Today’s Throwback Thursday guest is author Jenny Bardon
My early childhood was full of the wonder of books. I learnt to read early, before going to school, and in the kingdom of my bedroom and wild garden, and the forbidden attics of the Victorian house that was my home, I’d play out the stories seeded in my imagination by books from the library. One of those that had a profound effect upon me, read while I was at junior school, was The Sword in the Stone by TH White. You’ll all know this from the Disney film at least. The language is a treasure, and I’ve dipped back into it for this piece and found that there are so many levels to the book that were obscure to me as a child, yet as a child this book was an awakening. It helped me to see the world afresh through the transformation of written words.
The subject is the boy Arthur, of the legend of the Knights of the Round Table, known as ‘Wart’ in the book, as he is raised by his foster-father and trained by Merlin, learning the qualities that are needed to become a good king. The scenes that had the greatest impact upon me were those in which Wart is transmogrified into animal forms, most memorably an ant and a fish. Merlin’s purpose in facilitating this is to teach Wart through experience. So Wart learns about the importance of co-operation as an ant and about the abuse of power as a fish. Of course, as a child, the educational aspect of these episodes didn’t strike me at all. I absorbed their messages subconsciously which has to be the best way; instead, what was revelatory, was the power of reading to transport. I read about Wart walking through his foster father’s castle on a baking hot day and wishing that he could jump into the moat. No sooner thought than done, with the help of Merlin’s wizardry and an airy Neptune. The next moment Wart is a fish in the water and has to learn how to use his body and fins to keep his equilibrium and avoid danger. The description of this transformation is so vivid that, as a child, I was a fish too, totally entranced by the new underwater world around me.
Here’s a snippet to give you a flavour:
‘…The heaven or sky above him was now a perfect circle. The horizon had closed to this. In order to imagine yourself into the Wart’s position, you would have to picture a round horizon, a few inches above your head, instead of the flat horizon which you usually see. Under this horizon of air you would have to imagine another horizon of under water, spherical and practically upside down – for the surface of the water acted partly as a mirror to what was below it… …everything which human beings would consider to be above the water level was fringed with all the colours of the spectrum. For instance, if you had happened to be fishing for the Wart, he would have seen you, at the rim of the tea saucer which was the upper air to him, not as one person waving a fishing rod, but as seven people, whose outlines were red, orange, yellow, green, blue, indigo and violet, all waving the same rod whose colours were as varied. In fact, you would have been a rainbow man to him, a beacon of flashing and radiating colours, which ran into one another and had rays all about. You would have burned upon the water like Cleopatra in the poem…’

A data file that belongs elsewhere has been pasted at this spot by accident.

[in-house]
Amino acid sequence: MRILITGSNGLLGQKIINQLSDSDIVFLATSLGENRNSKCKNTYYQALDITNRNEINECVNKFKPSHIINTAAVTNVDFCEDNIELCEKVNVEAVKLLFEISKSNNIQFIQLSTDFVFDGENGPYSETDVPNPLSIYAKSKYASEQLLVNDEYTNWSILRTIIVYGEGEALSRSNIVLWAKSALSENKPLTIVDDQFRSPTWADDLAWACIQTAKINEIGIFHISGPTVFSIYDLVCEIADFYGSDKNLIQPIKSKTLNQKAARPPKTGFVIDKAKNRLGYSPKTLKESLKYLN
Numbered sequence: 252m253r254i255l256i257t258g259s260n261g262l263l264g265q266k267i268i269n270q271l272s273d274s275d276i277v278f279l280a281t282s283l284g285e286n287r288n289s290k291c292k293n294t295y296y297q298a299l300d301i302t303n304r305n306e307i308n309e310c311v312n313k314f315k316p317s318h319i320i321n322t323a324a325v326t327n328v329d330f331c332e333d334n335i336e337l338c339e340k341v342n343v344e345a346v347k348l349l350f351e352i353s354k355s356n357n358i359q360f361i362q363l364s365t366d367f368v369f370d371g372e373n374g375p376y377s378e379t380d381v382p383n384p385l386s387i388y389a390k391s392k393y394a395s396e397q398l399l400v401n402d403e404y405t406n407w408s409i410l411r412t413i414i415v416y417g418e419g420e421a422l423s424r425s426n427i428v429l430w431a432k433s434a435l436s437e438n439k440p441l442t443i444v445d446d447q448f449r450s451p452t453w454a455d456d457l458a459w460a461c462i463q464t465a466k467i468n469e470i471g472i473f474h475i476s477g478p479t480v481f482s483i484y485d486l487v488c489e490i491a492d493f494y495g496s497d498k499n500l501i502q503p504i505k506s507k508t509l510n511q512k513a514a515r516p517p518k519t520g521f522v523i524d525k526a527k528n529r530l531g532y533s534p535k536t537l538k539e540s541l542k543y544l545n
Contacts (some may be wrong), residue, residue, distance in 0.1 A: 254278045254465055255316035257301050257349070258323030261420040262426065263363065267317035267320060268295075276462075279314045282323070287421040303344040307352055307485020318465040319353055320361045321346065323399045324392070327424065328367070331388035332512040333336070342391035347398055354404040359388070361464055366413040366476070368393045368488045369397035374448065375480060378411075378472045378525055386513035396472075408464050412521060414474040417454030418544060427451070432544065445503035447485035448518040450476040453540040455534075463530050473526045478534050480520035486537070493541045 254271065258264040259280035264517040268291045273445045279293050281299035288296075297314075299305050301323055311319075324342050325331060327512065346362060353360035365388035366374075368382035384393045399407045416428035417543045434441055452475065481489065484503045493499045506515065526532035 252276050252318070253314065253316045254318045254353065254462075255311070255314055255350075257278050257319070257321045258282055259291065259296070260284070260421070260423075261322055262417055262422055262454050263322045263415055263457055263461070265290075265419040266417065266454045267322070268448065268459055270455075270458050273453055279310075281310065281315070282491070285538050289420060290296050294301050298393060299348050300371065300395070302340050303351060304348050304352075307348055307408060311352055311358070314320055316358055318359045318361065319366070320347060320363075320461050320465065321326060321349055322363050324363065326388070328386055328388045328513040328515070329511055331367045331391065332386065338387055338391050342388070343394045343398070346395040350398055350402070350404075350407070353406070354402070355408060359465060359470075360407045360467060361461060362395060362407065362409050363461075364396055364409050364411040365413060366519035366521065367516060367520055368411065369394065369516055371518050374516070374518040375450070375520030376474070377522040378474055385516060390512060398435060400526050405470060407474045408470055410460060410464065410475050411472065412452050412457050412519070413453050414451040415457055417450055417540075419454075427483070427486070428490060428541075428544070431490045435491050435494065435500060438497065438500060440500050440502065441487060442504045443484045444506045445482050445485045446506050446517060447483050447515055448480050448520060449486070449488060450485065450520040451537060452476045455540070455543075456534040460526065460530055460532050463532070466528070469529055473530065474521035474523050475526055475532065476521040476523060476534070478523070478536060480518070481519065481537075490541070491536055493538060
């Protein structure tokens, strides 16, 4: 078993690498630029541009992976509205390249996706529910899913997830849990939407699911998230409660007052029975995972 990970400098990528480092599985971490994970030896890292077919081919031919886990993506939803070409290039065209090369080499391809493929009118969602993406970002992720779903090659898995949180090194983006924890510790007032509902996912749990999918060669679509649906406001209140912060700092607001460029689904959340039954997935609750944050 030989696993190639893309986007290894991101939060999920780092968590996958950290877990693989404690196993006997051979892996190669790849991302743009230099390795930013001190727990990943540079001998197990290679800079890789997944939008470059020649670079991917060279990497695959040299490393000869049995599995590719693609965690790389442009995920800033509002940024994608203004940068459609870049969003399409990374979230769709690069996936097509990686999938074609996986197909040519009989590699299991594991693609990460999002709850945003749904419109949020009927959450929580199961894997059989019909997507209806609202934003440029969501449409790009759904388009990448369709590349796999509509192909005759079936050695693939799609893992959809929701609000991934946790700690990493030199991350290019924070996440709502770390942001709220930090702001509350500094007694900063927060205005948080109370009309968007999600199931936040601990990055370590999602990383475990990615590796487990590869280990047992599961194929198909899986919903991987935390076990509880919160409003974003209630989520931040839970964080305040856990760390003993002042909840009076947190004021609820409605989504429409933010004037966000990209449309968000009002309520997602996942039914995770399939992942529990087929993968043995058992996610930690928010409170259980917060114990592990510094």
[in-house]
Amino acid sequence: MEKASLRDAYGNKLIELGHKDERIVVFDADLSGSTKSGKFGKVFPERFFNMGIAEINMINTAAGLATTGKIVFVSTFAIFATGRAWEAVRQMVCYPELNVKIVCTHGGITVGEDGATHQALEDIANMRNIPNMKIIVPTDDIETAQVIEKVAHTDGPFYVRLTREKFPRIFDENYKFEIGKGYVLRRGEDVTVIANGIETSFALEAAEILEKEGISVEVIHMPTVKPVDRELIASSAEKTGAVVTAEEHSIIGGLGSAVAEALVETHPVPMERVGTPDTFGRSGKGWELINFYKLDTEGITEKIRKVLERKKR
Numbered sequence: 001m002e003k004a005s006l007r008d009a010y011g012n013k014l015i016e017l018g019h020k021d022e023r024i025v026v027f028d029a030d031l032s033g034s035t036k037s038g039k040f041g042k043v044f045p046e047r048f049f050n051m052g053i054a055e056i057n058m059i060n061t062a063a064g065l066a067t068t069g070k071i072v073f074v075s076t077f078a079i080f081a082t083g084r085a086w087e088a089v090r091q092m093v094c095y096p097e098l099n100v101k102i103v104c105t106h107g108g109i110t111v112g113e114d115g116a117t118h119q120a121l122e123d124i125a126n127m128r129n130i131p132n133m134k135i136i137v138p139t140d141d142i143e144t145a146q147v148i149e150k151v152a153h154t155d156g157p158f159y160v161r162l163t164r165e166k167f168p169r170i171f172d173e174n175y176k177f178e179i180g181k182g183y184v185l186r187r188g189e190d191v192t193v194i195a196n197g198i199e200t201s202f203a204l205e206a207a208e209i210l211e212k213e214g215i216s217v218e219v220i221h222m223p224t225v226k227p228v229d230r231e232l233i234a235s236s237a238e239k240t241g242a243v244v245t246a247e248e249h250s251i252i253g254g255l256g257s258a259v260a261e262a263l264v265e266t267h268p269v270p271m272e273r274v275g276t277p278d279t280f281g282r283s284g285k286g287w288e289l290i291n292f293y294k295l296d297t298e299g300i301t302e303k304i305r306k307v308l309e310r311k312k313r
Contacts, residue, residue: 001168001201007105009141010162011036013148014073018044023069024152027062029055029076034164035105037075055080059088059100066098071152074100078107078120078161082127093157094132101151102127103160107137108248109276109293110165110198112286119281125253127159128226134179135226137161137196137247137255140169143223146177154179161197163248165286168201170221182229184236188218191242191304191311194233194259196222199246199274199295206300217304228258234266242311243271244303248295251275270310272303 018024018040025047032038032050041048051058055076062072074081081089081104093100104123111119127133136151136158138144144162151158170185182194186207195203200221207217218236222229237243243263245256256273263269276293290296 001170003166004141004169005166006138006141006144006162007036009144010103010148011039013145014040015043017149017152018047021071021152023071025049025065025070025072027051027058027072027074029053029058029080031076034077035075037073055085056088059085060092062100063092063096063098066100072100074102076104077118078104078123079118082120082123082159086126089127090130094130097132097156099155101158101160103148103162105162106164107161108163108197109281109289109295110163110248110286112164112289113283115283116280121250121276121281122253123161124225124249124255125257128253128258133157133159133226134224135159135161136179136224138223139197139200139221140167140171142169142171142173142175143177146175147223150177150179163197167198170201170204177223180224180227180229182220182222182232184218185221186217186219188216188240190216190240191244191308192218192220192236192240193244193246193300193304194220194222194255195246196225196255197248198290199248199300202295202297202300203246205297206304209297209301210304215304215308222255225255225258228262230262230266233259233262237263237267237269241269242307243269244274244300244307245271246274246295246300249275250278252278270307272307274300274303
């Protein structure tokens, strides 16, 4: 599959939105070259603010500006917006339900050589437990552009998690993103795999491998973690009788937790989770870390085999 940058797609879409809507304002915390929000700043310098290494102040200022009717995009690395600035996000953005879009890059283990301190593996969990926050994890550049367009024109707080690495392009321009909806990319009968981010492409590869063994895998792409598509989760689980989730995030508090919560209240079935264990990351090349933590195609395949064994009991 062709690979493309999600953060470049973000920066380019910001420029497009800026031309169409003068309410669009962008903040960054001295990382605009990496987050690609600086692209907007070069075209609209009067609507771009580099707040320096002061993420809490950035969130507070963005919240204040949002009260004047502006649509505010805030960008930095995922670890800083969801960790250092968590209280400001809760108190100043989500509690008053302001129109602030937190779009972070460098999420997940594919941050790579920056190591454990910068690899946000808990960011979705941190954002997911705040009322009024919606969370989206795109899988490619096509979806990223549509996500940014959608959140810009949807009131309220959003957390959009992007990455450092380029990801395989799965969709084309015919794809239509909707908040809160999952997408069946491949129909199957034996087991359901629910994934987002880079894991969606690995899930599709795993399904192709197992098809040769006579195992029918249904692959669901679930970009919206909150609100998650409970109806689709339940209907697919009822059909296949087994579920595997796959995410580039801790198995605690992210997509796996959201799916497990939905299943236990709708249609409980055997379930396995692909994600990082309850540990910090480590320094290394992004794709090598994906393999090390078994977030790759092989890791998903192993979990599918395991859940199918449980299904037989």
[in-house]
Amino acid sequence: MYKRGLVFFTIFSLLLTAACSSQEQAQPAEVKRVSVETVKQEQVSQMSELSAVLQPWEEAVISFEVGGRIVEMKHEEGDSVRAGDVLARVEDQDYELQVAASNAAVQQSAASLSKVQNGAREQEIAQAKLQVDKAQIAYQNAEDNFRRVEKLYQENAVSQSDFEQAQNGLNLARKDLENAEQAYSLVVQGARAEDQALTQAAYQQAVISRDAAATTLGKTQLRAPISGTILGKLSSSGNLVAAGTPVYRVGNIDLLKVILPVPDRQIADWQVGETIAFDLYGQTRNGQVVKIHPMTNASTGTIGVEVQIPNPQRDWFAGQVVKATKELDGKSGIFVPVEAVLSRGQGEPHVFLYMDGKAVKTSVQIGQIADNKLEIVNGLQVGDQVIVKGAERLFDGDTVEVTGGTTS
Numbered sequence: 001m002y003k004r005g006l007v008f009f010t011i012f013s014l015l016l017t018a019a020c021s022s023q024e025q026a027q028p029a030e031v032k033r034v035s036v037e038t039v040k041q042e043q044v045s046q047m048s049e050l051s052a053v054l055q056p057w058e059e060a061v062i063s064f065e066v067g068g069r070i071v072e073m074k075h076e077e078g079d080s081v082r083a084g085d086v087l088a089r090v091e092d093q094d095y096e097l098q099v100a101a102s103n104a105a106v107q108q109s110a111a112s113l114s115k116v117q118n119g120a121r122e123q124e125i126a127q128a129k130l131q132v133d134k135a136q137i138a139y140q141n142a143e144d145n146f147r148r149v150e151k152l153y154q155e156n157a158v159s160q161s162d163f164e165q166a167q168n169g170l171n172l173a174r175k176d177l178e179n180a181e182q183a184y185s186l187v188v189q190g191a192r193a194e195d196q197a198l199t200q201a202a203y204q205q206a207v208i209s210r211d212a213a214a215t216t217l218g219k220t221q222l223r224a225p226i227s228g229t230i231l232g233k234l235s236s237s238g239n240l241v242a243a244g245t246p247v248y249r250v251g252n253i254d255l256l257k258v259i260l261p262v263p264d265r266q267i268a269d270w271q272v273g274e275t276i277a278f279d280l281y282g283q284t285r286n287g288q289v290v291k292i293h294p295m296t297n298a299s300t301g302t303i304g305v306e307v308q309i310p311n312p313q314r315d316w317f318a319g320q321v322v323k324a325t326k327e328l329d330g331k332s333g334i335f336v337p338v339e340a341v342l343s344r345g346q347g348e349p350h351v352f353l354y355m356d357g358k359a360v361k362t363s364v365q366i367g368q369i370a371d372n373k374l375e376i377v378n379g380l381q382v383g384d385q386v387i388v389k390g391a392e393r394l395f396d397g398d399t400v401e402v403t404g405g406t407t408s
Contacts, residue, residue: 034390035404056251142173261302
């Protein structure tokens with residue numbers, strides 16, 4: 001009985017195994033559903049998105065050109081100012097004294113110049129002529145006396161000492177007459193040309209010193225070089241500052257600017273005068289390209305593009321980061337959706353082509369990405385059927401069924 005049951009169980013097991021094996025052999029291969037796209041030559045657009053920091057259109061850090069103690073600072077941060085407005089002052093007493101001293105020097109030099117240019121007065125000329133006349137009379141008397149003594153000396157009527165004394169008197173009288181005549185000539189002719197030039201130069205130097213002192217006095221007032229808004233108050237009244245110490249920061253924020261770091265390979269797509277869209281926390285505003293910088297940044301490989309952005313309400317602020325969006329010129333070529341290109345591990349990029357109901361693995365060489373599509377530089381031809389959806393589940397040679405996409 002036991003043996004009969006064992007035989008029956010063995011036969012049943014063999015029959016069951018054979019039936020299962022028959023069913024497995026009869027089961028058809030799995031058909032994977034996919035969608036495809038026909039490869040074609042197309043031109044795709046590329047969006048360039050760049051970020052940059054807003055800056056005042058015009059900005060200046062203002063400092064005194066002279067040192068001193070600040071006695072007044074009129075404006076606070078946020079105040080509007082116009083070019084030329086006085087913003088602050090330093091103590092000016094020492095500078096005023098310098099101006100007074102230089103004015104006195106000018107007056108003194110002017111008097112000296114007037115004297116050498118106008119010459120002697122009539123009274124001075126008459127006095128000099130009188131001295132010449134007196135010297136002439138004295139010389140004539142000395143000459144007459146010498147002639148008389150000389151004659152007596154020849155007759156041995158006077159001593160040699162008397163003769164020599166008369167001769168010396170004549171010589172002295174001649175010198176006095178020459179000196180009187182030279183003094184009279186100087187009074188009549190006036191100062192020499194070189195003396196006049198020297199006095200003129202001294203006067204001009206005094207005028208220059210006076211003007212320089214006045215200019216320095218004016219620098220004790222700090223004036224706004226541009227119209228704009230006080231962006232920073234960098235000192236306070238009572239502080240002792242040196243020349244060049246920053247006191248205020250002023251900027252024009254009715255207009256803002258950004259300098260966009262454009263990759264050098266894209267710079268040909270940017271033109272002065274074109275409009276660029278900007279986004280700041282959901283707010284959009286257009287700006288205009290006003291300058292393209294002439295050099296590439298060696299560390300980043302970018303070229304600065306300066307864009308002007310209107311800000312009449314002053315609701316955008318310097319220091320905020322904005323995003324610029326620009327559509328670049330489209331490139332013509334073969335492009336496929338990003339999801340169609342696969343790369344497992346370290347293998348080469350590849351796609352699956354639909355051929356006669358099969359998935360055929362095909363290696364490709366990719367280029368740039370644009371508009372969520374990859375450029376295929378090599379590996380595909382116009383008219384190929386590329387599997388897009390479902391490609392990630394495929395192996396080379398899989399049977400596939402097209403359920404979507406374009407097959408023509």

I didn’t know anything about Cleopatra’s poem, but I could see how someone might have ‘burned upon the water’. The words took me away, out of my bedroom, to another place, and well-written words have continued to do so since, the words of other writers, and more recently, those of my own stories. This is the magic of good writing – it makes new worlds that for a while become more immediate than reality in the reader’s mind, and which leave the reader enriched once those new worlds are left behind.
Thank you for stopping by Jenny
Jenny Barden is the author of Elizabethan historical fiction. Her latest book, The Lost Duchess, centres on a love story at the heart of the mystery of the Lost Colony of Roanoke.
You can find her at www.jennybarden.com and on twitter @jennywilldoit
If you would like to take part in Throwback Thursday please drop me an email on email@example.com